And yes, a newer version of CopyDesk might well work just fine, but that's not what this publishing house uses. And they're not going to upgrade every single system in the building, to accomodate a few people who have brand new versions of OS X. The same is likely true of other companies as well, where an OS upgrade could necessitate a much much larger expenditure on other software upgrades (hello, Adobe, Quark; would you like to mug me first, or shall I just hand over my wallet straight away?)
While MS at least kept things like XP available for some corporates for a while, Apple doesn't seem to do that, which is a shame, and in my view weakens their position in some of their traditional markets.
Sure, I could use the incredibly hideous web portal for QPS; I could also stick nails in my eyes, which would probably be more productive.
Essentially, it may only be £20 to upgrade, but for some of us, it will result in much reduced productivity, or a lot of extra expenditure on new versions of software that aren't, honestly, strictly needed.
That's not always possible, depending on how the firmware's built. With some products, the core chippery documentation is only available under NDA - I'm looking at you and the EMMA2, NEC - and some of the basic libraries may be supplied by the chip maker.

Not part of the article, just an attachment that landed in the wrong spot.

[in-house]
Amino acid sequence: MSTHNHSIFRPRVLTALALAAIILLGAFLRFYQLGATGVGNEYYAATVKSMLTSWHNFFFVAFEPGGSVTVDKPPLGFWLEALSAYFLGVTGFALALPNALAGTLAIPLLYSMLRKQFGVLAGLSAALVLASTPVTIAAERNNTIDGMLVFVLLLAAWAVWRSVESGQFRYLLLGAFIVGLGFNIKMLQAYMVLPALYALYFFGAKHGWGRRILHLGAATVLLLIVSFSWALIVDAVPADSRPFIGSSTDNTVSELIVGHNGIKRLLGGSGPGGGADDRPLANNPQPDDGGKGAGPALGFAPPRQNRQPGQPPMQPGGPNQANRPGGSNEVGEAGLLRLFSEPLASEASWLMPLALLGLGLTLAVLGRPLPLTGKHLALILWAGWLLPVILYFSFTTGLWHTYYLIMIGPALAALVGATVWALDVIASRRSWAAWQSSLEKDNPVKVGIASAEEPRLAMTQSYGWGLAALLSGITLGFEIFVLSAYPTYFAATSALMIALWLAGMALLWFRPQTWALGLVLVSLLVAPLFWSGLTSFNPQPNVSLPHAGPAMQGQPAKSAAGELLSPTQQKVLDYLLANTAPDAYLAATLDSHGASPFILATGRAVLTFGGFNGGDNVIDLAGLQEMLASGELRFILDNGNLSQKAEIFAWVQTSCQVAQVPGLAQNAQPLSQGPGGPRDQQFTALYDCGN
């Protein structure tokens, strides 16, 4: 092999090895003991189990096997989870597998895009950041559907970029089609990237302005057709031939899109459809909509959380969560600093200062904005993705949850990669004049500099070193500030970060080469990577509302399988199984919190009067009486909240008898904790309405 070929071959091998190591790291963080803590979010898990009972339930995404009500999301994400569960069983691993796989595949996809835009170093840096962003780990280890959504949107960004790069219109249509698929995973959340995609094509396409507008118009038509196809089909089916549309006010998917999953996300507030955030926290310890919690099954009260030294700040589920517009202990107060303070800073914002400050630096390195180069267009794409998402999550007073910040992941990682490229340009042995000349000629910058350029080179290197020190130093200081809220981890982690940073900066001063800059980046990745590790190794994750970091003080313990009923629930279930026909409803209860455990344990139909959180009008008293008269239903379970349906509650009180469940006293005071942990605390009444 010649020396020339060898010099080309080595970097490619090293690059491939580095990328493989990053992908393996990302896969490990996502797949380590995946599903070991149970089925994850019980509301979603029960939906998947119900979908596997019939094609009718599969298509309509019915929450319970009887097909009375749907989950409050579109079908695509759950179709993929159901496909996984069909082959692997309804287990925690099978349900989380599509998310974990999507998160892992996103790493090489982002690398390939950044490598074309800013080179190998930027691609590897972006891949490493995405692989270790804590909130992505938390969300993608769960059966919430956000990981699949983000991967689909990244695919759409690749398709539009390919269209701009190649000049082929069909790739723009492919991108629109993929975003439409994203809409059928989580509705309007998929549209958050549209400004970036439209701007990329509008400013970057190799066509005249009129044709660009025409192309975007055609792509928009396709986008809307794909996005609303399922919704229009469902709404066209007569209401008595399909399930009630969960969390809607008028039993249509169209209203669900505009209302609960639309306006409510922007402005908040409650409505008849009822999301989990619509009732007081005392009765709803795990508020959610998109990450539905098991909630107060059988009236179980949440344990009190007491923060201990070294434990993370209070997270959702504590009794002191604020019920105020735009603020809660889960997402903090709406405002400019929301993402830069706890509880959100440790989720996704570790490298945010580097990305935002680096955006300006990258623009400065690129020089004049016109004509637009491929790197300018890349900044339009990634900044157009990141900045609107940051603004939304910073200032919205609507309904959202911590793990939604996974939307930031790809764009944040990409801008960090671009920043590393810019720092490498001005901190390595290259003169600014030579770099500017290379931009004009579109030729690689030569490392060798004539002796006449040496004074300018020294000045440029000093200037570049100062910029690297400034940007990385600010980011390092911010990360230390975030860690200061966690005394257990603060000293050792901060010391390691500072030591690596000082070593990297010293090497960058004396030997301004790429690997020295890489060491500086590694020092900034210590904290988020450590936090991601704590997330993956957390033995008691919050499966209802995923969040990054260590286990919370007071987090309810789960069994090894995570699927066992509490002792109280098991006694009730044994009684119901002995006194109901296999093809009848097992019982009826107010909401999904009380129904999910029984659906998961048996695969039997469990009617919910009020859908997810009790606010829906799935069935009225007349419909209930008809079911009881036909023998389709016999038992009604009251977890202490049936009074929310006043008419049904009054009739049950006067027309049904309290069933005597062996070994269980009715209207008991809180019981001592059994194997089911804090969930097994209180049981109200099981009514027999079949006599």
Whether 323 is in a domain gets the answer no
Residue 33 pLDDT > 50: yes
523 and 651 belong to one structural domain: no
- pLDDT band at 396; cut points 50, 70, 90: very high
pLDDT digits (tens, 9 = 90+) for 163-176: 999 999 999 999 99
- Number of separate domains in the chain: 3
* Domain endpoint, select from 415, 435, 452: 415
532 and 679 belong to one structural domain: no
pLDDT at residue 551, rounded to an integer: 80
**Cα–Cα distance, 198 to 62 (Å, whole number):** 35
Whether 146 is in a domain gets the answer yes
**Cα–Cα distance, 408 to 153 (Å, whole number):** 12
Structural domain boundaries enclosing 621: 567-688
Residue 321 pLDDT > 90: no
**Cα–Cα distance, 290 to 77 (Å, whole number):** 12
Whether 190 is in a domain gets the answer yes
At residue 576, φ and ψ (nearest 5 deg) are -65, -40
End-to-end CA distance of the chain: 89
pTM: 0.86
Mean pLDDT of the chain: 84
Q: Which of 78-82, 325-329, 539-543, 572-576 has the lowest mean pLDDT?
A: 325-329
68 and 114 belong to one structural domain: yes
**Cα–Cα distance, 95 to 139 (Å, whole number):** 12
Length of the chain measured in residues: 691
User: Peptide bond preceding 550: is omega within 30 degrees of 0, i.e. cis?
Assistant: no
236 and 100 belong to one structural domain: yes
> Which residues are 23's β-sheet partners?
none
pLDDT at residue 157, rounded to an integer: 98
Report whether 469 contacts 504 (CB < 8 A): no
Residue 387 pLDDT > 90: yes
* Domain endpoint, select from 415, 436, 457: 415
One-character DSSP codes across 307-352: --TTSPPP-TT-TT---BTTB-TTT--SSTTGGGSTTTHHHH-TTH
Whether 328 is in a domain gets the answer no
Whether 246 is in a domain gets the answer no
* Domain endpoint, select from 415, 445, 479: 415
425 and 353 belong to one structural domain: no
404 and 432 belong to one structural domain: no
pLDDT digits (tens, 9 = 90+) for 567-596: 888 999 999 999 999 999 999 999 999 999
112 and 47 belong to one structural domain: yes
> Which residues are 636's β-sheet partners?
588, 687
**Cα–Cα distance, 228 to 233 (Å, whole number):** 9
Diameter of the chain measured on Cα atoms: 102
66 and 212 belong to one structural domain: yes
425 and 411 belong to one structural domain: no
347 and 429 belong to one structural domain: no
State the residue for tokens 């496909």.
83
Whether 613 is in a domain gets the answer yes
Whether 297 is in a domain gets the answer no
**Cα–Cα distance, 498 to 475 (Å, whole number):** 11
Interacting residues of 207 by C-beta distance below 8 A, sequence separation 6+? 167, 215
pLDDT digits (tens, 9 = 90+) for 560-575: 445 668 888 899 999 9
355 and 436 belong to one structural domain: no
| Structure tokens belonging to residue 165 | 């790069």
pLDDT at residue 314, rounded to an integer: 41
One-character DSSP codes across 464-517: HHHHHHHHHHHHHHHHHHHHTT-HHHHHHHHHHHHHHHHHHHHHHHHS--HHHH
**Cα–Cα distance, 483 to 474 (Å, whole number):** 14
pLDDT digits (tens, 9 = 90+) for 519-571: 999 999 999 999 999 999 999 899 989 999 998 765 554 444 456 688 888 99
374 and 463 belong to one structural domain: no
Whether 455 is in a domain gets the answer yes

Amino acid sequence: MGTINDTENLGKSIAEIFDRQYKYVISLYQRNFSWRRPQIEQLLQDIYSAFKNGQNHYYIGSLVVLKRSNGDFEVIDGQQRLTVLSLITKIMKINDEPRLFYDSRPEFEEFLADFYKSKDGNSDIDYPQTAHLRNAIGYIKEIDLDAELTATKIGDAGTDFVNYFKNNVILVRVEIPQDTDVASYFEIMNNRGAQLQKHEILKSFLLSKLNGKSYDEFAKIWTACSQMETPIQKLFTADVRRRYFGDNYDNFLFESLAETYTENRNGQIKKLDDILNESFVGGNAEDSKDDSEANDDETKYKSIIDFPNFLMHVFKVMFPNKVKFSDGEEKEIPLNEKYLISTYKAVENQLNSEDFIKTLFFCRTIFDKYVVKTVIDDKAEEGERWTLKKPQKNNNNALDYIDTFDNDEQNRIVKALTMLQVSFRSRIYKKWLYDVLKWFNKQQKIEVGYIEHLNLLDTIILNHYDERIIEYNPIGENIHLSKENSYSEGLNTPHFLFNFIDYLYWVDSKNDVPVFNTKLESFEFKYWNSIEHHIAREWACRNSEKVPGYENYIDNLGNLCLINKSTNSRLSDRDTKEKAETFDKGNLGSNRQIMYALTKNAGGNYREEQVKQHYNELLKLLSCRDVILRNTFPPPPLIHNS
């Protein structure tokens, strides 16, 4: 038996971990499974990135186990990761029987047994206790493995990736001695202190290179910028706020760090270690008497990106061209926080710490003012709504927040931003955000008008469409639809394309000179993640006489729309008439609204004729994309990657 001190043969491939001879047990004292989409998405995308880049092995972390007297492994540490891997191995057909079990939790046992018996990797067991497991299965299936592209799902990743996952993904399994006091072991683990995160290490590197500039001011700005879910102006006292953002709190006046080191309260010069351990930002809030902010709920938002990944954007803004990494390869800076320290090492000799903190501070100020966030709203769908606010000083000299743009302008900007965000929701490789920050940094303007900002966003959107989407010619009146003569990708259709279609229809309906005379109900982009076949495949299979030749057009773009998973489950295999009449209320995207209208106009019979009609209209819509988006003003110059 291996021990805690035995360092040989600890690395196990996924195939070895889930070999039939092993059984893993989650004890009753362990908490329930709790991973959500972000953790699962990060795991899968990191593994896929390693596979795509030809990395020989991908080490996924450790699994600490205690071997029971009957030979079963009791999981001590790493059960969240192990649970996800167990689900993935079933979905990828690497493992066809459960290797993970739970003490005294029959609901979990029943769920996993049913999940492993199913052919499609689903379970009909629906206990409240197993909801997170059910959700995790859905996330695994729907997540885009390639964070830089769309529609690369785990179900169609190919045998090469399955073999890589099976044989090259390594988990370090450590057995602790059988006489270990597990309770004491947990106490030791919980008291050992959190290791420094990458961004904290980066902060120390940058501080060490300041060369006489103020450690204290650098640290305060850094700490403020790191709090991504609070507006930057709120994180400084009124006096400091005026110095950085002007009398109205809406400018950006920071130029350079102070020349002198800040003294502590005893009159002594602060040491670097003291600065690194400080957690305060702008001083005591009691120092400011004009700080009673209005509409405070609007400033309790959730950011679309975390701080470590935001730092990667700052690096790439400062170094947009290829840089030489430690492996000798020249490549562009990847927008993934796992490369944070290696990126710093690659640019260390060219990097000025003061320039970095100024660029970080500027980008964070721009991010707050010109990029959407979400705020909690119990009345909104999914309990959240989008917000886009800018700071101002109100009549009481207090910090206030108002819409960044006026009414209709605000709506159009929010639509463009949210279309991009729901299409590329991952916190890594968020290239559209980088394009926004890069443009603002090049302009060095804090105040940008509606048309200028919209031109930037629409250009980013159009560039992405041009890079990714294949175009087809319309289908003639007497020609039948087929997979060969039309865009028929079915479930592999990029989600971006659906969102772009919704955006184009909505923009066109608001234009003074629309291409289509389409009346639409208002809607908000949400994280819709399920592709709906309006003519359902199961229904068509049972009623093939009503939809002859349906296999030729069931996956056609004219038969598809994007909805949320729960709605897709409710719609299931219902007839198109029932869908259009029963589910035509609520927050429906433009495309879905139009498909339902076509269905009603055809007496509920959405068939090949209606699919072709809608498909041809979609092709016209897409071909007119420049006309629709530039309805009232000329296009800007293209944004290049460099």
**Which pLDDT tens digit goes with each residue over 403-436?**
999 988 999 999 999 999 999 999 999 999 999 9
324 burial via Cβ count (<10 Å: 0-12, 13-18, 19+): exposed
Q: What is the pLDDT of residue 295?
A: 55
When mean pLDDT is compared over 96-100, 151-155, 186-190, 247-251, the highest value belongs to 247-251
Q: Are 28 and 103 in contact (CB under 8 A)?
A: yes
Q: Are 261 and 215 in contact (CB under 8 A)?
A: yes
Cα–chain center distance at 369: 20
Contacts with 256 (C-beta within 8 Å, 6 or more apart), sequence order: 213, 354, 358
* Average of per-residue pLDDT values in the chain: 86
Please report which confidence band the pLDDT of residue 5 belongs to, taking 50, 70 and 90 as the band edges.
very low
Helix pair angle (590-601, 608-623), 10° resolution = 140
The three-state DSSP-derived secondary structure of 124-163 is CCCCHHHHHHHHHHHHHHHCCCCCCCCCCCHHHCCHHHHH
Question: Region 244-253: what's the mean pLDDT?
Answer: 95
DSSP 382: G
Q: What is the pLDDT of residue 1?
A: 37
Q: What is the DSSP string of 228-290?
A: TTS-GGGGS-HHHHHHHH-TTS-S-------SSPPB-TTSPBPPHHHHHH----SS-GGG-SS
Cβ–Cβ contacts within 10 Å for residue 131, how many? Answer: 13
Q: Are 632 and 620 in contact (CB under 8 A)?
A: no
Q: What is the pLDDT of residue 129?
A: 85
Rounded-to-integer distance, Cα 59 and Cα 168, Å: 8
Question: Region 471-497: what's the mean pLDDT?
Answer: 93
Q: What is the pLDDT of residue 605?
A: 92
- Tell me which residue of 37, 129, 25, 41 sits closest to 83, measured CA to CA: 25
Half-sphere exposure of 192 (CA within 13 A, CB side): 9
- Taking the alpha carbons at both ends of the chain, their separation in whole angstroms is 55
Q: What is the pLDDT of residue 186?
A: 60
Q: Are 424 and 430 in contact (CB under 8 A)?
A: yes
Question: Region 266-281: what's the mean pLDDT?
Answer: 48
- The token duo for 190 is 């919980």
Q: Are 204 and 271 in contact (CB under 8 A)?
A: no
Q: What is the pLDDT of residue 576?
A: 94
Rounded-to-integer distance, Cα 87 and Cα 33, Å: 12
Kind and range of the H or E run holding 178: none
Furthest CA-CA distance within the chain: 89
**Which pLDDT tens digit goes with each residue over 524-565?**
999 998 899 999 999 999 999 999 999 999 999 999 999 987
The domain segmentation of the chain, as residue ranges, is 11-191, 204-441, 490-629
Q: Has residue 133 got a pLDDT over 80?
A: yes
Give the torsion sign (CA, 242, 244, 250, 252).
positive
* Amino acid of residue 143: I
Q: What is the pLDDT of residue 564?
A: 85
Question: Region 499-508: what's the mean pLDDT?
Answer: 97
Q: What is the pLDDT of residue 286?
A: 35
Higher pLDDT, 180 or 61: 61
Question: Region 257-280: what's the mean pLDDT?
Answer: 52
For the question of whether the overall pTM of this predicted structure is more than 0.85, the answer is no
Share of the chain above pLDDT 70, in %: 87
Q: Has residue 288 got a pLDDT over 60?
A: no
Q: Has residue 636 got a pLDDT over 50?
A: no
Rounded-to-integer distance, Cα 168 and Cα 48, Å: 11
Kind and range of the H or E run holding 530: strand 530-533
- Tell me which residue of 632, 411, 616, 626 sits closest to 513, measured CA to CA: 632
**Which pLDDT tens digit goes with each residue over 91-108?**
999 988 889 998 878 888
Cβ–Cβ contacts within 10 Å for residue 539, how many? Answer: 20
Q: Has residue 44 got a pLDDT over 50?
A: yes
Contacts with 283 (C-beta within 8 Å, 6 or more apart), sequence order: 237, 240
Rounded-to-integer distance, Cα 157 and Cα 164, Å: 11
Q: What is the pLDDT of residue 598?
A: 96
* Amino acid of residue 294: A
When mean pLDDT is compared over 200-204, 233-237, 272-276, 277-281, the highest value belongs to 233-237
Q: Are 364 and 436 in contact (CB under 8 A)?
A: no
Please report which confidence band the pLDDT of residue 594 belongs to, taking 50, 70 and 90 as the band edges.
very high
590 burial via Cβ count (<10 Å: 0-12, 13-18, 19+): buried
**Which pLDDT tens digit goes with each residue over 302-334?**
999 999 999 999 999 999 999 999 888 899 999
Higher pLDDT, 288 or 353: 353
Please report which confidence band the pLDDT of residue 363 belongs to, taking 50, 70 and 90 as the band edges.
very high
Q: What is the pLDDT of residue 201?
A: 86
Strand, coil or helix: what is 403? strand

That can mean that it's far from simple to take the code and simply give it away, even if the administrator could be persuaded of the value of doing such a thing.
I think it's a case of simply being too small, and not having the massive marketing budget of companies like Sony or Panasonic. The likes of those can throw money at a product, and even when it's a bit clunky - as DVRs from both those companies have been at various times - people will still buy, because of the name on the front of the box.
To be successful in a niche, I think you need a unique selling point and something that will help build a community - as I was a little instrumental in doing with the Topfield products in the UK, via toppy.org.uk; that was possible because of the potential to tweak and add your own software, which appealed to a lot of people online.